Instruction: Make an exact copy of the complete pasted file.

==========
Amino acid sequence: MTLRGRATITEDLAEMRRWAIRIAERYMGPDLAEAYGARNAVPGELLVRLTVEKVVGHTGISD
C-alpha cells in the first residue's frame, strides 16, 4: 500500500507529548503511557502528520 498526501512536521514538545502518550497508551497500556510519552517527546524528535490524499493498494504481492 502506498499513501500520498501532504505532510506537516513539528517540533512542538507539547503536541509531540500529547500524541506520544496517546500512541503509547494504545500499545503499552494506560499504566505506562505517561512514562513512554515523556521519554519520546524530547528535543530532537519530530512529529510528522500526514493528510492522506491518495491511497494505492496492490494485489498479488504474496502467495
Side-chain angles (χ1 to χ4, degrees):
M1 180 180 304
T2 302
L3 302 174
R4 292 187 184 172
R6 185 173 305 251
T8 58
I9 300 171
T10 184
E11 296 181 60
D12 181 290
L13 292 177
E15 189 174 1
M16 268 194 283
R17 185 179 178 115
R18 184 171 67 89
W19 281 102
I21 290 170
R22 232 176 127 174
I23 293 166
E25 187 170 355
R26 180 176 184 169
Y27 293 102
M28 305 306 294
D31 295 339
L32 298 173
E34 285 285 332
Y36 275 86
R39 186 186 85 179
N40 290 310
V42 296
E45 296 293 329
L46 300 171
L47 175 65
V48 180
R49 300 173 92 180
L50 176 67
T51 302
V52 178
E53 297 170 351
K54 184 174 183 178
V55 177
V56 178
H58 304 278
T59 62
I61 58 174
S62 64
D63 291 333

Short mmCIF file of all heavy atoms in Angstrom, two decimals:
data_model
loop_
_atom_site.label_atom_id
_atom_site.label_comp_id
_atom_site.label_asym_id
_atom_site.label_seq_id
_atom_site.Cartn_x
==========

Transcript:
Amino acid sequence: MTLRGRATITEDLAEMRRWAIRIAERYMGPDLAEAYGARNAVPGELLVRLTVEKVVGHTGISD
C-alpha cells in the first residue's frame, strides 16, 4: 500500500507529548503511557502528520 498526501512536521514538545502518550497508551497500556510519552517527546524528535490524499493498494504481492 502506498499513501500520498501532504505532510506537516513539528517540533512542538507539547503536541509531540500529547500524541506520544496517546500512541503509547494504545500499545503499552494506560499504566505506562505517561512514562513512554515523556521519554519520546524530547528535543530532537519530530512529529510528522500526514493528510492522506491518495491511497494505492496492490494485489498479488504474496502467495
Side-chain angles (χ1 to χ4, degrees):
M1 180 180 304
T2 302
L3 302 174
R4 292 187 184 172
R6 185 173 305 251
T8 58
I9 300 171
T10 184
E11 296 181 60
D12 181 290
L13 292 177
E15 189 174 1
M16 268 194 283
R17 185 179 178 115
R18 184 171 67 89
W19 281 102
I21 290 170
R22 232 176 127 174
I23 293 166
E25 187 170 355
R26 180 176 184 169
Y27 293 102
M28 305 306 294
D31 295 339
L32 298 173
E34 285 285 332
Y36 275 86
R39 186 186 85 179
N40 290 310
V42 296
E45 296 293 329
L46 300 171
L47 175 65
V48 180
R49 300 173 92 180
L50 176 67
T51 302
V52 178
E53 297 170 351
K54 184 174 183 178
V55 177
V56 178
H58 304 278
T59 62
I61 58 174
S62 64
D63 291 333

Short mmCIF file of all heavy atoms in Angstrom, two decimals:
data_model
loop_
_atom_site.label_atom_id
_atom_site.label_comp_id
_atom_site.label_asym_id
_atom_site.label_seq_id
_atom_site.Cartn_x